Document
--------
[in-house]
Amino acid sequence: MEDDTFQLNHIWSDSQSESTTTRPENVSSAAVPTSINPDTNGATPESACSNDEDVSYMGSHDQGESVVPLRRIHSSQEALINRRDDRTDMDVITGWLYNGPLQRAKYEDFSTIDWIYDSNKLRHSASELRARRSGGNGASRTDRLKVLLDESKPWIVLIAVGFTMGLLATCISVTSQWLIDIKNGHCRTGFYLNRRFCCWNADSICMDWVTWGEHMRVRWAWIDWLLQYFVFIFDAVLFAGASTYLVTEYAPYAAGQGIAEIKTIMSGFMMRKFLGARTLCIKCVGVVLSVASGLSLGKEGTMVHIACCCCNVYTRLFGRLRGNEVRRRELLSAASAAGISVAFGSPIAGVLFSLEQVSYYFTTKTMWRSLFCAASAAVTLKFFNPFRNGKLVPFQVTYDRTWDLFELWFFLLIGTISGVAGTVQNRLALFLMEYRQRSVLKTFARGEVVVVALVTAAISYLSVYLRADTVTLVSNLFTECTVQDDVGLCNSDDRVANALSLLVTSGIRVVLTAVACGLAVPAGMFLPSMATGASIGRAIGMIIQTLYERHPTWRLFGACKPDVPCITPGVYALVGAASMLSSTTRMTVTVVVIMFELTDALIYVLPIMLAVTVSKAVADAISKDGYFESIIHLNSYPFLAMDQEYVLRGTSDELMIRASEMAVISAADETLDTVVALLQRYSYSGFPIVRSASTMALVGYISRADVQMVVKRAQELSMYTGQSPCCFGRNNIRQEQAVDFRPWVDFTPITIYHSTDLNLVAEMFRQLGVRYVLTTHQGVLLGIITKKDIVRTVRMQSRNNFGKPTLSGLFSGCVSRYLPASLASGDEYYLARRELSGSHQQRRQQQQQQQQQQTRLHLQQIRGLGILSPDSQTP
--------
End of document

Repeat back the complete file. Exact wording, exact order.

[in-house]
Amino acid sequence: MEDDTFQLNHIWSDSQSESTTTRPENVSSAAVPTSINPDTNGATPESACSNDEDVSYMGSHDQGESVVPLRRIHSSQEALINRRDDRTDMDVITGWLYNGPLQRAKYEDFSTIDWIYDSNKLRHSASELRARRSGGNGASRTDRLKVLLDESKPWIVLIAVGFTMGLLATCISVTSQWLIDIKNGHCRTGFYLNRRFCCWNADSICMDWVTWGEHMRVRWAWIDWLLQYFVFIFDAVLFAGASTYLVTEYAPYAAGQGIAEIKTIMSGFMMRKFLGARTLCIKCVGVVLSVASGLSLGKEGTMVHIACCCCNVYTRLFGRLRGNEVRRRELLSAASAAGISVAFGSPIAGVLFSLEQVSYYFTTKTMWRSLFCAASAAVTLKFFNPFRNGKLVPFQVTYDRTWDLFELWFFLLIGTISGVAGTVQNRLALFLMEYRQRSVLKTFARGEVVVVALVTAAISYLSVYLRADTVTLVSNLFTECTVQDDVGLCNSDDRVANALSLLVTSGIRVVLTAVACGLAVPAGMFLPSMATGASIGRAIGMIIQTLYERHPTWRLFGACKPDVPCITPGVYALVGAASMLSSTTRMTVTVVVIMFELTDALIYVLPIMLAVTVSKAVADAISKDGYFESIIHLNSYPFLAMDQEYVLRGTSDELMIRASEMAVISAADETLDTVVALLQRYSYSGFPIVRSASTMALVGYISRADVQMVVKRAQELSMYTGQSPCCFGRNNIRQEQAVDFRPWVDFTPITIYHSTDLNLVAEMFRQLGVRYVLTTHQGVLLGIITKKDIVRTVRMQSRNNFGKPTLSGLFSGCVSRYLPASLASGDEYYLARRELSGSHQQRRQQQQQQQQQQTRLHLQQIRGLGILSPDSQTP